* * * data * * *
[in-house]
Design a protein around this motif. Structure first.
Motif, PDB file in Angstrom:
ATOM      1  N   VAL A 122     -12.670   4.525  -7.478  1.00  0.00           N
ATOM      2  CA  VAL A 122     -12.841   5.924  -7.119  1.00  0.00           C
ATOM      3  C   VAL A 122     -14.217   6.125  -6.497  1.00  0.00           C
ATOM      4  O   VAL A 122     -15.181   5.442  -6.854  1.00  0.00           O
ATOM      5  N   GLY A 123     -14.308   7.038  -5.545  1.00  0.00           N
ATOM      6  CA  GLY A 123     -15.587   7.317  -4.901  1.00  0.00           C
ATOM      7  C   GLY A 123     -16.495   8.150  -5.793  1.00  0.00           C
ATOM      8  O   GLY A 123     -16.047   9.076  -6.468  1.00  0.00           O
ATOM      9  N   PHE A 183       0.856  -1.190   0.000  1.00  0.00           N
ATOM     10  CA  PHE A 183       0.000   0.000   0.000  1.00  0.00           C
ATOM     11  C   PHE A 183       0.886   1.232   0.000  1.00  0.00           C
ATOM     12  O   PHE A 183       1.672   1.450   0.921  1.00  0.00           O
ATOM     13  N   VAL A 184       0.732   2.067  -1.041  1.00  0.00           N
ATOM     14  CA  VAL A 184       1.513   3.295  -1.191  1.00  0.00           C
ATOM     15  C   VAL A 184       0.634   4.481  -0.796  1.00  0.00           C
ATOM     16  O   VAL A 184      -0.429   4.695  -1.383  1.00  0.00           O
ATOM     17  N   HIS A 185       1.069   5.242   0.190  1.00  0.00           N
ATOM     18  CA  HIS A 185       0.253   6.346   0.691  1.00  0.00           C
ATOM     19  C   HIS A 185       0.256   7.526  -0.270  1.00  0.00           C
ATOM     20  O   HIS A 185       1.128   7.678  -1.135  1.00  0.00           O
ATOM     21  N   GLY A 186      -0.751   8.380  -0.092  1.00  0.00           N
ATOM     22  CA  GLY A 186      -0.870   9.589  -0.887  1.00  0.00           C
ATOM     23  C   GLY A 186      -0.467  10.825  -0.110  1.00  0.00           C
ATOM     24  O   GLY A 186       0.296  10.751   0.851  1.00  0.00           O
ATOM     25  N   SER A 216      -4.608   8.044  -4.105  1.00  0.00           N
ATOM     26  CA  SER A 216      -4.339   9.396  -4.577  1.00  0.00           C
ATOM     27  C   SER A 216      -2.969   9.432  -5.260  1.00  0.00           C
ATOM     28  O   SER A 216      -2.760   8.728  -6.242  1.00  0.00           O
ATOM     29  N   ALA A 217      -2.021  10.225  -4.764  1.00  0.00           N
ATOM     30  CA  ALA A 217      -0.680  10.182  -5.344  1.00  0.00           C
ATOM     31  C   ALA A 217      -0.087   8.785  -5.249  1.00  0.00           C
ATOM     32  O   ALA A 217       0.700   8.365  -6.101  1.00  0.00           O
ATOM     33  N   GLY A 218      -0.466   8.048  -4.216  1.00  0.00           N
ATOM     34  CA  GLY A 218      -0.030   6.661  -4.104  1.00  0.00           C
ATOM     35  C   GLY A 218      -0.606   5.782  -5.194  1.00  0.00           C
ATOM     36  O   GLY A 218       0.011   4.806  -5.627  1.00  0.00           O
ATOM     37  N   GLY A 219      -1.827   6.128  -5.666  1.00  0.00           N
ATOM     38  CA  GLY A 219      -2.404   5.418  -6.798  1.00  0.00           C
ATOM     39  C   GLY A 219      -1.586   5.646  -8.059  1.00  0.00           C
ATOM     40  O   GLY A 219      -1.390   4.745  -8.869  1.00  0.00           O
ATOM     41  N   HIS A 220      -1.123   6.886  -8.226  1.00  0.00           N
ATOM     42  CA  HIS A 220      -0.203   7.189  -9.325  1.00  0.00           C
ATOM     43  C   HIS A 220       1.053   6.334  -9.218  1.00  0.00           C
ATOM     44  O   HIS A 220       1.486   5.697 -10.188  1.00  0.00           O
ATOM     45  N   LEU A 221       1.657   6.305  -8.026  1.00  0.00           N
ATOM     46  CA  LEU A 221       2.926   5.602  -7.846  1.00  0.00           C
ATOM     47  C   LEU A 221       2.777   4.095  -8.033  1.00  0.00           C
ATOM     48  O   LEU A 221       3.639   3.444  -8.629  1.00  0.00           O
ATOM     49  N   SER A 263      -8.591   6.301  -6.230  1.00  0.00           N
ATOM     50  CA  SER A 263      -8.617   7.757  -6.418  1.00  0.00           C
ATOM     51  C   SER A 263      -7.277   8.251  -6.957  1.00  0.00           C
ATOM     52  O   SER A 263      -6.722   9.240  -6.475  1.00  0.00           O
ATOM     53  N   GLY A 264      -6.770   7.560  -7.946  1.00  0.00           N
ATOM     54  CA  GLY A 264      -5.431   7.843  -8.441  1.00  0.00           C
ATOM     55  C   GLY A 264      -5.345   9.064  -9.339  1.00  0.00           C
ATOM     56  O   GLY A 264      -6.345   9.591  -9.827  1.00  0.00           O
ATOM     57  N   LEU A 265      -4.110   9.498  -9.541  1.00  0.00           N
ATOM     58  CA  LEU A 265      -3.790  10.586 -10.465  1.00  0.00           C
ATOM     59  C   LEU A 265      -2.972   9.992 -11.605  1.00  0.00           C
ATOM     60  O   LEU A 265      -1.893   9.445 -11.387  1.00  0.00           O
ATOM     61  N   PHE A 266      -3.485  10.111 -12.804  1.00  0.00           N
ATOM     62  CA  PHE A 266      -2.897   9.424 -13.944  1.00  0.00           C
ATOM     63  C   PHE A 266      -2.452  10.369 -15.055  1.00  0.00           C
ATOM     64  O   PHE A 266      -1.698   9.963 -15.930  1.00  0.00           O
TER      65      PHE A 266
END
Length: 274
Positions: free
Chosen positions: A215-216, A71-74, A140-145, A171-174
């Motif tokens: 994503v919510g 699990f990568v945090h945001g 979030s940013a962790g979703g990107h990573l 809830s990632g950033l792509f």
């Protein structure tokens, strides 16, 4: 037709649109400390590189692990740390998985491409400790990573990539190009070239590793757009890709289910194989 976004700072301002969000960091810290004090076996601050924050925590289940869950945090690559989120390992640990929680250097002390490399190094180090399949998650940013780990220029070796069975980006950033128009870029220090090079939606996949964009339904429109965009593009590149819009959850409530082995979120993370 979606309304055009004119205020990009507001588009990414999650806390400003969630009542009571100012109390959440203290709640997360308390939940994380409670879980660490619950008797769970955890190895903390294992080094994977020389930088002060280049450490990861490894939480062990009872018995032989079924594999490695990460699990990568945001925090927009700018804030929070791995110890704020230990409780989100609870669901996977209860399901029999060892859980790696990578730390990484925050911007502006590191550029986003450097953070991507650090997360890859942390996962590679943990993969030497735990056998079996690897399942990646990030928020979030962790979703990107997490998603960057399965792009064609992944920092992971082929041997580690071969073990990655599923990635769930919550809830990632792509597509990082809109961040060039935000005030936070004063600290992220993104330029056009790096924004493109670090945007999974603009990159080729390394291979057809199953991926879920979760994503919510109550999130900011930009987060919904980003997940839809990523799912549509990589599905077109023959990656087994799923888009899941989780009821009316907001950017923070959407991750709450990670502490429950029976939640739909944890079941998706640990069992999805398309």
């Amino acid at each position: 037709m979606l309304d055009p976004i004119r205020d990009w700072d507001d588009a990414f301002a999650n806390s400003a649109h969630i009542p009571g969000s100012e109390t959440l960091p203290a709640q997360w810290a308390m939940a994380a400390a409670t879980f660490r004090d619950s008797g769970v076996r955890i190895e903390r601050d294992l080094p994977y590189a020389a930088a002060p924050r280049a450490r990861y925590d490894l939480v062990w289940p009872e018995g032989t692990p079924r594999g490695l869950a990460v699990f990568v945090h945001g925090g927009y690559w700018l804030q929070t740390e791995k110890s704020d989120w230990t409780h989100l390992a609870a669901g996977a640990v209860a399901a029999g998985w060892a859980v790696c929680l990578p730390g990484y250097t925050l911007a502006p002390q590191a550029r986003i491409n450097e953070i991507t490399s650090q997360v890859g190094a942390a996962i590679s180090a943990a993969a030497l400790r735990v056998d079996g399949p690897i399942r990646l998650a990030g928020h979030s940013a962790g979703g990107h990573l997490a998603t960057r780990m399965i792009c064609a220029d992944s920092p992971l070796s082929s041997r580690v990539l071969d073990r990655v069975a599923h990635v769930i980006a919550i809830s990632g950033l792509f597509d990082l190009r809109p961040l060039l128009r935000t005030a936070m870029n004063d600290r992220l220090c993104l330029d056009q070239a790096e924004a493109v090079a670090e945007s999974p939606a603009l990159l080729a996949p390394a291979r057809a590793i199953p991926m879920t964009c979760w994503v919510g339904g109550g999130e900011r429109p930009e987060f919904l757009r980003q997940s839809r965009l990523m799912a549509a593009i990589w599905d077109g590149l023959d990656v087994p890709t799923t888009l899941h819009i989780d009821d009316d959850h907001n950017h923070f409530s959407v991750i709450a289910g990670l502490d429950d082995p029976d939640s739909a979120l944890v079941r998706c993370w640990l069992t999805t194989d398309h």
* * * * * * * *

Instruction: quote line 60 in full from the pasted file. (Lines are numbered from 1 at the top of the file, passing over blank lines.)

ATOM     57  N   LEU A 265      -4.110   9.498  -9.541  1.00  0.00           N